During my quarter-life crisis, I decided I was a stupid person and needed more education. So, in alignment with my self-image of being an overachiever, I applied to the same business school Warren Buffett went to, and was fortunate enough to get a spot.
Buffett famously learned his value investing technique from his professor, Benjamin Graham, at Columbia Business School, and by far and away the value investing class was the best one I took.
Leading up to that value investing course, I took a bevy of classes in high finance, learning how to discount cash flows, develop intrinsic value per share, run sophisticated capex/depreciation models, and create complex valuations of companies large and small.
However, on the first day of what I'll call "The Buffett Course," the professor taught us one simple lesson he insisted was more important than any other technique we had learned up to that point.
The lesson: Rain Falls Down.
He asked us, "what do you think this means?," to which we responded with a variety of complex metaphors. Maybe it meant that stocks always go down when the sentiment on Wall St is negative? Maybe it means that many organizations are sensitive to the weather?
No. All wrong.
All the professor meant was this: Rain falls down. That's a truth of our world that we cannot deny. Our entire civilization is built around this truth; we have roofs over our heads, gutters, drainage systems and umbrellas.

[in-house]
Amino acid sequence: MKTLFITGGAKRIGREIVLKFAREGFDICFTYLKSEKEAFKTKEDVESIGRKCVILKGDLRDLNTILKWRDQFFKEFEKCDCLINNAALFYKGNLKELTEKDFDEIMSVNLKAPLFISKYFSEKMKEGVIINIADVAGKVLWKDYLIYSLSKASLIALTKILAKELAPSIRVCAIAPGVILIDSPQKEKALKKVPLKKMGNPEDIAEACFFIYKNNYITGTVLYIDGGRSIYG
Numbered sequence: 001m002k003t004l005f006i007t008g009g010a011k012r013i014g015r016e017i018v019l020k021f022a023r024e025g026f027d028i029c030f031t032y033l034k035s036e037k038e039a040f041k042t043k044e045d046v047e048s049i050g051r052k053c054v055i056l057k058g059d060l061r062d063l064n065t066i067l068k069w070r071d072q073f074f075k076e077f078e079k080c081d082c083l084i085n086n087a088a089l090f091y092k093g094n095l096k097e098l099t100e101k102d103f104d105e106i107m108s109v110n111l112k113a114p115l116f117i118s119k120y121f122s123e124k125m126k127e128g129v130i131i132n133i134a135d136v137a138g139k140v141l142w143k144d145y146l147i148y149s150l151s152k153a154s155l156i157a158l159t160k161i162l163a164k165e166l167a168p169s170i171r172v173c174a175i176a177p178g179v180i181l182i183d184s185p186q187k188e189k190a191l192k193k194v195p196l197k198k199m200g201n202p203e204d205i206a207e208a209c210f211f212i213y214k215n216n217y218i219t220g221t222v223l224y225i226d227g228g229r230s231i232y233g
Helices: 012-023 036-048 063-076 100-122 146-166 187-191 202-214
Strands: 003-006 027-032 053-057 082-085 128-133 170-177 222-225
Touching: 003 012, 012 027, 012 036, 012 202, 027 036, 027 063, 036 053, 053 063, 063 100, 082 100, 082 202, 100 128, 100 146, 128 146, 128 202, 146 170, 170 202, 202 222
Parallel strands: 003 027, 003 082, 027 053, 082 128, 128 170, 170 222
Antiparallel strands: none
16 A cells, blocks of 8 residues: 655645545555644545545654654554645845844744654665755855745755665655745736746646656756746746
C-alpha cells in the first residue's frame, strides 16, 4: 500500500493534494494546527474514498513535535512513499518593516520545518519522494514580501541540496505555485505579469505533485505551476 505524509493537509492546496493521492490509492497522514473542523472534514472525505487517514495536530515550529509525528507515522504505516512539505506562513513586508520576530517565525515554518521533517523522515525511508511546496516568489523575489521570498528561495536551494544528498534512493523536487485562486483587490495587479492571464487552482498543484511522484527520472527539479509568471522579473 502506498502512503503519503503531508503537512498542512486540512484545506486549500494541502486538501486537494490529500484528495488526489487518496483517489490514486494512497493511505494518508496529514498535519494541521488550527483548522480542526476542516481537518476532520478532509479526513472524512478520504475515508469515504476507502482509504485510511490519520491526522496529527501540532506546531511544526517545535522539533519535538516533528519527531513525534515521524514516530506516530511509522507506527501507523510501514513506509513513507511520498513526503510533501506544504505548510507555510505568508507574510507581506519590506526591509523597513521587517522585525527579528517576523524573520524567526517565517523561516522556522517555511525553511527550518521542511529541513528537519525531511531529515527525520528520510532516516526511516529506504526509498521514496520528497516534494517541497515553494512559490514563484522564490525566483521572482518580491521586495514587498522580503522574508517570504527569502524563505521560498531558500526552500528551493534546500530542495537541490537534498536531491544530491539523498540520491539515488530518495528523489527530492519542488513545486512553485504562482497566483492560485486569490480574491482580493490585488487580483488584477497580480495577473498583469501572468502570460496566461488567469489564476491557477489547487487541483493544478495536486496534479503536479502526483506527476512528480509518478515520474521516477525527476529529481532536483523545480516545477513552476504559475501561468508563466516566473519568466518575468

We can try as hard as we want to deny this truth, but in the end, we'd be silly to live our lives any other way...because rain falls down.
Now, what does this have to do with investing like Warren Buffett? It turns out, everything. You see, Buffett isn't a magician. He doesn't use sophisticated models to pinpoint the exact right company that will return him 20% year over year. Instead, he makes most investment decisions in about 15 minutes, and he does it by assessing the truth instead of considering what everyone else thinks or believes at the time.
See, Buffett only buys stocks and companies that are undervalued. He does this by waiting until the market gives him an opportunity; in other words, he waits until everyone else tricks themselves into believing that rain actually falls up, and Buffett swoops in and takes advantage of this temporary mania to invest.
You might think people are generally rational, but in fact they're anything but. Even the most well-paid leaders of our time make huge mistakes because they believe something that simply isn't true. Think of Blockbuster, which refused to believe that people would stream video online, even though the truth was evident with more than enough time for Blockbuster to adapt before Netflix put it out of business.
These truths are all around us. It's up to us to see them. If you want to achieve what Buffett has, look for these inconsistencies everywhere in your life -- places where everyone believes something that simply isn't true. Those are your biggest opportunities, if you can just summon the courage to remember that rain falls down, even if everyone around you thinks otherwise.